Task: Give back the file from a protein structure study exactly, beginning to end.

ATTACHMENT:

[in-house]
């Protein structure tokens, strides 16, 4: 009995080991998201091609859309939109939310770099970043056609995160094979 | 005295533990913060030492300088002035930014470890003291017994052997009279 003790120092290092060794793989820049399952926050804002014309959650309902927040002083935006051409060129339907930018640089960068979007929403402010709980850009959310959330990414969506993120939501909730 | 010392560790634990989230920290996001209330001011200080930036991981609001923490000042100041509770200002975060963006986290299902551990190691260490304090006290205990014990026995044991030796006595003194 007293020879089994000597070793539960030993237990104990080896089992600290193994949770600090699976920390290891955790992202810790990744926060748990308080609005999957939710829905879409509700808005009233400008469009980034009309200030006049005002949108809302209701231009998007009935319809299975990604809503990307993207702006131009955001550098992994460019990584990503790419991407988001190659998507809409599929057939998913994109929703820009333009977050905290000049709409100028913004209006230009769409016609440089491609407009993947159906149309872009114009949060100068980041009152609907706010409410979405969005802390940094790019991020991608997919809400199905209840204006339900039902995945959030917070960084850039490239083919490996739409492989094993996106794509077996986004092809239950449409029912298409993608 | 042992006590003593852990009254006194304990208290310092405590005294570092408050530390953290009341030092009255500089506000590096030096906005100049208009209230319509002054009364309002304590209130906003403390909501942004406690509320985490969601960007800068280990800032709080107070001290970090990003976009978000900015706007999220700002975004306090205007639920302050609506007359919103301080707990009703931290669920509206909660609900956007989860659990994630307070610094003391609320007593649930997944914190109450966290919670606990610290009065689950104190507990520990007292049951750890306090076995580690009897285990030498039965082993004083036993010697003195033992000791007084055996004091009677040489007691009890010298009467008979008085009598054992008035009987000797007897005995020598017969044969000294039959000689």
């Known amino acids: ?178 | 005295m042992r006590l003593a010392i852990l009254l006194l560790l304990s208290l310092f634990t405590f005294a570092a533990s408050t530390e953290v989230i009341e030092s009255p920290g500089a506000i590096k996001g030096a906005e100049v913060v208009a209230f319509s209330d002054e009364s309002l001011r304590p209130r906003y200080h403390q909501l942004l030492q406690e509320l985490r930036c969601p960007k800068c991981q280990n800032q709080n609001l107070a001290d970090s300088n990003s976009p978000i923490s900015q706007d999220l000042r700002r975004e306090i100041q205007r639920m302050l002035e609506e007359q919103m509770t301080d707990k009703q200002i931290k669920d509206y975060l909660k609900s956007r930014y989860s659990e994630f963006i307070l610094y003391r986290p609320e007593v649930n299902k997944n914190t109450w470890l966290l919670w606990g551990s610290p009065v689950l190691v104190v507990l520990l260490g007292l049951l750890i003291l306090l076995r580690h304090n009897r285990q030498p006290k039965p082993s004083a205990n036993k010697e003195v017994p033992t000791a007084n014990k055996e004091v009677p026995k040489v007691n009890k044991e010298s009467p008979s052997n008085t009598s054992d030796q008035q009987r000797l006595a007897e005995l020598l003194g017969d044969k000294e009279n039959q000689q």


[in-house]
């Protein structure tokens, strides 16, 4: 009995080991998201091609859309939109939310770099970043056609995160094979 | 005295533990913060030492300088002035930014470890003291017994052997009279 003790120092290092060794793989820049399952926050804002014309959650309902927040002083935006051409060129339907930018640089960068979007929403402010709980850009959310959330990414969506993120939501909730 | 010392560790634990989230920290996001209330001011200080930036991981609001923490000042100041509770200002975060963006986290299902551990190691260490304090006290205990014990026995044991030796006595003194 007293020879089994000597070793539960030993237990104990080896089992600290193994949770600090699976920390290891955790992202810790990744926060748990308080609005999957939710829905879409509700808005009233400008469009980034009309200030006049005002949108809302209701231009998007009935319809299975990604809503990307993207702006131009955001550098992994460019990584990503790419991407988001190659998507809409599929057939998913994109929703820009333009977050905290000049709409100028913004209006230009769409016609440089491609407009993947159906149309872009114009949060100068980041009152609907706010409410979405969005802390940094790019991020991608997919809400199905209840204006339900039902995945959030917070960084850039490239083919490996739409492989094993996106794509077996986004092809239950449409029912298409993608 | 042992006590003593852990009254006194304990208290310092405590005294570092408050530390953290009341030092009255500089506000590096030096906005100049208009209230319509002054009364309002304590209130906003403390909501942004406690509320985490969601960007800068280990800032709080107070001290970090990003976009978000900015706007999220700002975004306090205007639920302050609506007359919103301080707990009703931290669920509206909660609900956007989860659990994630307070610094003391609320007593649930997944914190109450966290919670606990610290009065689950104190507990520990007292049951750890306090076995580690009897285990030498039965082993004083036993010697003195033992000791007084055996004091009677040489007691009890010298009467008979008085009598054992008035009987000797007897005995020598017969044969000294039959000689």
């Known amino acids: ?178 | 005295m042992r006590l003593a010392i852990l009254l006194l560790l304990s208290l310092f634990t405590f005294a570092a533990s408050t530390e953290v989230i009341e030092s009255p920290g500089a506000i590096k996001g030096a906005e100049v913060v208009a209230f319509s209330d002054e009364s309002l001011r304590p209130r906003y200080h403390q909501l942004l030492q406690e509320l985490r930036c969601p960007k800068c991981q280990n800032q709080n609001l107070a001290d970090s300088n990003s976009p978000i923490s900015q706007d999220l000042r700002r975004e306090i100041q205007r639920m302050l002035e609506e007359q919103m509770t301080d707990k009703q200002i931290k669920d509206y975060l909660k609900s956007r930014y989860s659990e994630f963006i307070l610094y003391r986290p609320e007593v649930n299902k997944n914190t109450w470890l966290l919670w606990g551990s610290p009065v689950l190691v104190v507990l520990l260490g007292l049951l750890i003291l306090l076995r580690h304090n009897r285990q030498p006290k039965p082993s004083a205990n036993k010697e003195v017994p033992t000791a007084n014990k055996e004091v009677p026995k040489v007691n009890k044991e010298s009467p008979s052997n008085t009598s054992d030796q008035q009987r000797l006595a007897e005995l020598l003194g017969d044969k000294e009279n039959q000689q």